More infamous is General Sherman’s “March to the Sea” or as it was officially known “The Savannah Campaign”. Sherman marched from Atlanta, which he and his forces had captured, all the way to Savannah, all the while burning not just military targets, but crops and private citizens homes. Georgians’ houses were often looted by Sherman’s forces and the goods that could be were sent back up north to the Union soldiers’ families. What couldn’t be shipped was often destroyed. This destroyed the economy in Georgia and caused some southern citizens to starve.


Despite What His Speeches Suggest, He Was Not the Great Champion of Equality


Lincoln is often seen as the champion of racial equality, but the real Lincoln was not as egalitarian as his cartoonish, textbook version, makes him out to be. In debates with Stephen Douglas he was accused of advocating for racial equality, to which he responded; “I have no purpose to introduce political and social equality between the white and black races. There is a physical difference between the two, which, in my judgement, will probably forever forbid their living together upon the footing of perfect equality; and inasmuch as it becomes a necessity that there be a difference, I, as well as Judge Douglas, am in favor of the race to which I belong having the superior position. I have never said anything to the contrary.” I don’t think that’s a quote they considered putting in the Lincoln Monument.


It could be argued that Lincoln’s views were moderated over time. If so it didn’t show in the policy he sought to implement. His solution to the problem of what to do with slaves once they were freed was to deport them. Like most Americans at that time, Lincoln believed that white people and black people would have challenges living peaceably together. His solution sounds like it could have come from Donald Trump himself; deport them, to Liberia, to Guadeloupe, to Honduras, to British Guiana, anywhere but the US. Lincoln even went so far as to sign a contract with a man named Bernard Kock to set up a colony in Haiti, but Kock turned out to be a crook and embezzled most of the money paid to him for the settlement.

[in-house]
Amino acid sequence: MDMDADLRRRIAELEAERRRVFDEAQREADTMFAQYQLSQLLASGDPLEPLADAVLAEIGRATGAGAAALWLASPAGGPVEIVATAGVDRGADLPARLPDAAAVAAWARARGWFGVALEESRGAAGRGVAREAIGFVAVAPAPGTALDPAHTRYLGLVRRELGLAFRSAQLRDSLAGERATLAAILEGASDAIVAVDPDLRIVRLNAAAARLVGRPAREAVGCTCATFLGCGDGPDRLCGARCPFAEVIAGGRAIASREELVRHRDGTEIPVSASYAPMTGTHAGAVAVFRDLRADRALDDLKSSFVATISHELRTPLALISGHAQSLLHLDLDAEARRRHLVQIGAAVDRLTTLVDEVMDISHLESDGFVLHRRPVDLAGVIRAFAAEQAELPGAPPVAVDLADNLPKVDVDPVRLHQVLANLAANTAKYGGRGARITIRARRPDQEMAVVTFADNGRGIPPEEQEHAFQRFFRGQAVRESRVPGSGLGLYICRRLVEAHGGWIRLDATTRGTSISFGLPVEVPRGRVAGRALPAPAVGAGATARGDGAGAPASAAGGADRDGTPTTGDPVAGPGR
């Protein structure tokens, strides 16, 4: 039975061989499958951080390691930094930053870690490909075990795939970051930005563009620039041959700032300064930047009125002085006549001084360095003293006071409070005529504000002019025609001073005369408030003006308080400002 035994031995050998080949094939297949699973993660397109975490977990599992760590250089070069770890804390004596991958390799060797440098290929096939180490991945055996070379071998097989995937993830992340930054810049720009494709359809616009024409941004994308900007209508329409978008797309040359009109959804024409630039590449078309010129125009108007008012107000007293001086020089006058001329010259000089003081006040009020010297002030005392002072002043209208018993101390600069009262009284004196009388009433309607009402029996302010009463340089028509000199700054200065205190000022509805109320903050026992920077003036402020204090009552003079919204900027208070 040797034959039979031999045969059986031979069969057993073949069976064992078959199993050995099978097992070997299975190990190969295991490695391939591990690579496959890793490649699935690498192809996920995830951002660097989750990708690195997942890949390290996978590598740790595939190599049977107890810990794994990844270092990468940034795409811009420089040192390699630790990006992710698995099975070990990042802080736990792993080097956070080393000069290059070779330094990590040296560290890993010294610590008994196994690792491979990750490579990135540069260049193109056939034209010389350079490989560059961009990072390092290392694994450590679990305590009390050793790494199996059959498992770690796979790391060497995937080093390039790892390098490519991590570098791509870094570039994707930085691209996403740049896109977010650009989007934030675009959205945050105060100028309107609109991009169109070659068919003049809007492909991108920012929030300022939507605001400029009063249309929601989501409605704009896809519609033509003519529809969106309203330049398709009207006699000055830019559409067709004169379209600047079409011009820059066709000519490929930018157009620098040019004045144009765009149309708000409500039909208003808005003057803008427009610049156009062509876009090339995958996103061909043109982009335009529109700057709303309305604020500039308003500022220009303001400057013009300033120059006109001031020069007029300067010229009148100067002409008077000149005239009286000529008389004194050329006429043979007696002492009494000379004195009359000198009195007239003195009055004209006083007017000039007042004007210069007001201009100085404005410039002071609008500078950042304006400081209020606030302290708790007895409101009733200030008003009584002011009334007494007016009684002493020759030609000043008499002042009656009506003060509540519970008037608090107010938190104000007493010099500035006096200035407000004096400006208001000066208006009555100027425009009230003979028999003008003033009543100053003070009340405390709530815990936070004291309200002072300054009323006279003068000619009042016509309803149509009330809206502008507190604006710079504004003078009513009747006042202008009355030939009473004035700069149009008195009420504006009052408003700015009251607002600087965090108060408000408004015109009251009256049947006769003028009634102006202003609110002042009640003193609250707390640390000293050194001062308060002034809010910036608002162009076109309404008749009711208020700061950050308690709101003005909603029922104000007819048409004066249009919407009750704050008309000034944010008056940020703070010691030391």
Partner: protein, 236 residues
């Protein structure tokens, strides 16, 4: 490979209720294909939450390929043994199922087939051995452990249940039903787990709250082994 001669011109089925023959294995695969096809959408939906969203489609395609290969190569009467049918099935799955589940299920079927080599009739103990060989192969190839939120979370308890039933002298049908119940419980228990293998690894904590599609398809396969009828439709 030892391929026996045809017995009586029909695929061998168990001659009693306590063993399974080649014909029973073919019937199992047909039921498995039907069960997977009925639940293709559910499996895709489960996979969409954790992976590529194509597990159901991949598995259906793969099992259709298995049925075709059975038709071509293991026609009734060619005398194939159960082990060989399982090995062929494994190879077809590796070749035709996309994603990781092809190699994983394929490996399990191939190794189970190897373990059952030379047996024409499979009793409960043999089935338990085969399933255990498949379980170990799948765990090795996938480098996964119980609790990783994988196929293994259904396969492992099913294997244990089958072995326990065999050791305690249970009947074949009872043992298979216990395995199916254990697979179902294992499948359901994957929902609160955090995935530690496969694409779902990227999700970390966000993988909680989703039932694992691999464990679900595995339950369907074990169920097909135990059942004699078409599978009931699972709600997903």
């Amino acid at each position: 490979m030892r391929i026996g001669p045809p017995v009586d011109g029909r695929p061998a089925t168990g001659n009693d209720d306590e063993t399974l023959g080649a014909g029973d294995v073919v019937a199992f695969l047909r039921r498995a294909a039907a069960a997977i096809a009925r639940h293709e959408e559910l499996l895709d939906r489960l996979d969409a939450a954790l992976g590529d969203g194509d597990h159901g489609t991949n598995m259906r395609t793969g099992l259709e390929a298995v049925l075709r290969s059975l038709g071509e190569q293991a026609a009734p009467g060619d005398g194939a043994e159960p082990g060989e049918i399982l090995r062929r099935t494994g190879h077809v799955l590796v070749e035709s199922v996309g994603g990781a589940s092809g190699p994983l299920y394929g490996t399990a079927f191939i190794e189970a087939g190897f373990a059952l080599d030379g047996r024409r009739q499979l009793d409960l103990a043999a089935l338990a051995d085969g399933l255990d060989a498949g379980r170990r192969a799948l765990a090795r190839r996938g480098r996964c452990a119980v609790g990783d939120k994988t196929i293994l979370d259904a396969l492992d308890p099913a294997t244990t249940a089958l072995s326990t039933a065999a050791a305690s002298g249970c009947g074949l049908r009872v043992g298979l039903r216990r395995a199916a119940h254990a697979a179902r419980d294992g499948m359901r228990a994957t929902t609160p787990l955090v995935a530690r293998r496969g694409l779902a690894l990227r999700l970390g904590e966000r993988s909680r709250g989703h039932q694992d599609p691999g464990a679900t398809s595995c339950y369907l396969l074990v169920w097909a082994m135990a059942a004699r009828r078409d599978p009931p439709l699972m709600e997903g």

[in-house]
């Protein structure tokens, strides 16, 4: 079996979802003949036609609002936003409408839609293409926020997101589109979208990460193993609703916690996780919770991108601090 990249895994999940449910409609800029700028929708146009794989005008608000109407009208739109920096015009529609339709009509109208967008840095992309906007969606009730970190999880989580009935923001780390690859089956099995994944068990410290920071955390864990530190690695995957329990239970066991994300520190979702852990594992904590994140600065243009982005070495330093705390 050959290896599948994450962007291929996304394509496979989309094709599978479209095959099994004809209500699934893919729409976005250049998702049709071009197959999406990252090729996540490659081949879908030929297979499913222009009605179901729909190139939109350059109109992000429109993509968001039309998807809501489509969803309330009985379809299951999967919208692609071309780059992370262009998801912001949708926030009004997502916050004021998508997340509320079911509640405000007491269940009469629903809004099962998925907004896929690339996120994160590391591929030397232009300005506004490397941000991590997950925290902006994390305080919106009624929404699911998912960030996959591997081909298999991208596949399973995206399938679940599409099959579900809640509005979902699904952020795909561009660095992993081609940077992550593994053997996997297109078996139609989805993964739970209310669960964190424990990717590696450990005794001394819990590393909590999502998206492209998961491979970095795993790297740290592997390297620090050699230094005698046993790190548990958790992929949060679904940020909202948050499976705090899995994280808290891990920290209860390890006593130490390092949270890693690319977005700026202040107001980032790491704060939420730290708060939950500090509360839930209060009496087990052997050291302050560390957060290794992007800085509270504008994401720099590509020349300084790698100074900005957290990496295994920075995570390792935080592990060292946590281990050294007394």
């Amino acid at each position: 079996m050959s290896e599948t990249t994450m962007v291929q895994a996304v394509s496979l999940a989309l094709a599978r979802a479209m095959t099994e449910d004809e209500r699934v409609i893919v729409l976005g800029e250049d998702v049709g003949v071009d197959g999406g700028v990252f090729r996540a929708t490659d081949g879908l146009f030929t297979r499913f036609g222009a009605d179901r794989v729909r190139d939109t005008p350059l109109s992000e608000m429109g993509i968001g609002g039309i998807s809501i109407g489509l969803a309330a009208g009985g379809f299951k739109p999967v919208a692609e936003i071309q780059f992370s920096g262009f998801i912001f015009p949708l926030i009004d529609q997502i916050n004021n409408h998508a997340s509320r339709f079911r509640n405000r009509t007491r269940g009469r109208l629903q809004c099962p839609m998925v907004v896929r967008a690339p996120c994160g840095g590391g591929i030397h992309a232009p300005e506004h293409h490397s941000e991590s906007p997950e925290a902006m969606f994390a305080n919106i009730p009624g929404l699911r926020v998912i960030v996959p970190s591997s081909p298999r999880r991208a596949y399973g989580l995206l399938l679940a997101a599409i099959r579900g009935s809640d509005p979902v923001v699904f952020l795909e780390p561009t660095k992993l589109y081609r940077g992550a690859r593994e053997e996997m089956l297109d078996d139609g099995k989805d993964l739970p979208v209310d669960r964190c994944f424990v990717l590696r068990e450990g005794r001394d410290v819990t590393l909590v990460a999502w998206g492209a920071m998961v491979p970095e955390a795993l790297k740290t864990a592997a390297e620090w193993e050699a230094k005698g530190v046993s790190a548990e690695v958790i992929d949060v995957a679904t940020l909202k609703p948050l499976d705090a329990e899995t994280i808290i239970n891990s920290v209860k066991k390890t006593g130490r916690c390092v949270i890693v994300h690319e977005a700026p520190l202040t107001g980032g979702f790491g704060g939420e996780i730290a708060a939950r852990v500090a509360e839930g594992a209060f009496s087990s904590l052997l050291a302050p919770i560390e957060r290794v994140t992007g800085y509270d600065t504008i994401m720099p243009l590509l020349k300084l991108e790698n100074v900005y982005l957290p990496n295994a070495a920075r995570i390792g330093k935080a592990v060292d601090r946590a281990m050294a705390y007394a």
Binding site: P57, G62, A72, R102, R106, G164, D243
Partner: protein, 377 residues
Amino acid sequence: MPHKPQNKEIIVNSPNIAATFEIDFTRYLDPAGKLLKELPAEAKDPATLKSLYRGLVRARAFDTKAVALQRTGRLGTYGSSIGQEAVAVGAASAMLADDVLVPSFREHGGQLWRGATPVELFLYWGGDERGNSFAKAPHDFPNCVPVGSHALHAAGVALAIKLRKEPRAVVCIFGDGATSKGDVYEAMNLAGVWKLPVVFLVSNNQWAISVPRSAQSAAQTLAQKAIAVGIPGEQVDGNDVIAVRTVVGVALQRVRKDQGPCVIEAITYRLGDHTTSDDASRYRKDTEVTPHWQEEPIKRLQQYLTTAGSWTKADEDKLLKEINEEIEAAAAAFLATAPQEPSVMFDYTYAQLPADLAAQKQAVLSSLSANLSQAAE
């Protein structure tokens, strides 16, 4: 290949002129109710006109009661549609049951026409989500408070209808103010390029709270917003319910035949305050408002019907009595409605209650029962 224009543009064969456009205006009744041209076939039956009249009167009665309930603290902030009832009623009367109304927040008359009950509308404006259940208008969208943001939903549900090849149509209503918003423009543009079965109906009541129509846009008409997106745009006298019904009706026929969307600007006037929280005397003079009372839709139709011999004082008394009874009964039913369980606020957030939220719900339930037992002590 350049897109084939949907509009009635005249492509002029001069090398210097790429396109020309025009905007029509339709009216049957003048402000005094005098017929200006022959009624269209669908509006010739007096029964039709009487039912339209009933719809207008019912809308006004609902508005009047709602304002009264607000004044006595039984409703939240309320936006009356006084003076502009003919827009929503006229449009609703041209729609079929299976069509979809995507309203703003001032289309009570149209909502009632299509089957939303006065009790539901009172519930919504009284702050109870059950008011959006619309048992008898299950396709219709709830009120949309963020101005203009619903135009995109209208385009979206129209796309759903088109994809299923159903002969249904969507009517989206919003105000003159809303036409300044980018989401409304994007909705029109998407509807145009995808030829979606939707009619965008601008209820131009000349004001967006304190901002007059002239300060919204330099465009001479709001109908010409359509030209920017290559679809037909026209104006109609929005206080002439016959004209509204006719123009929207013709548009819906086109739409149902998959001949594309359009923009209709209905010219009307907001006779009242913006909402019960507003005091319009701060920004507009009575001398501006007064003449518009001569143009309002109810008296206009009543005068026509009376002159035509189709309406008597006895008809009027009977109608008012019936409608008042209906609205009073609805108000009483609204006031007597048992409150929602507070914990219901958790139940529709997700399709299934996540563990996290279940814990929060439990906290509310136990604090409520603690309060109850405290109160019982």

Act First, Get Permission Later


Lincoln, on a regular basis, usurped powers reserved to the Congress and asked for permission later. After the shots at Fort Sumter, Lincoln blockaded southern ports, an act of war which traditionally required a declaration of war by the congress. Lincoln raised troops, a power left exclusively to the congress. He suspended habeas corpus, which is listed in Article I Section 8 of the constitution, the section listing the powers delegated to the US Congress. The overwhelmingly Republican congress was, of course more than willing to oblige, but this does not excuse Lincoln, nor can it erase the precedent left for future presidents to point to and say “well Lincoln did it, and so can I.”


Spielberg explicitly shows this in his film but rather than the notion being frightening, it appears to be put in a positive light. When discussing the Emancipation Proclamation (which affirmed slavery in the border states) and presidential “war powers” (a phrase found nowhere in the US Constitution) Lincoln says: “I decided that the Constitution gives me war powers, but no one knows just exactly what those powers are. Some say they don’t exist. I don’t know. I decided I needed them to exist to uphold my oath to protect the Constitution”. Lincoln essentially pretended that there was a provision in the constitution that allowed him to act legally, but there was no such provision, he made it up. When asked what authority he had to do it he responds by saying that the people re-elected him so it must have been constitutional. In addition to that he essentially said that he had to violate the constitution in order to save it. To be sure he was not the first to do this, but he helped to strengthen a precedent that continues on to this day.


I enjoyed Spielberg’s Lincoln, if only for the fact that he was portrayed, not as the God enthroned in his temple on the banks of the Potomac, but as a nuanced (if only ever so slightly) character. That is a step in the right direction if we are to move away from seeing him as the American Deity, who sacrificed his life for freedom, to who he really was, a tyrant who was adept at weaving a legacy for himself.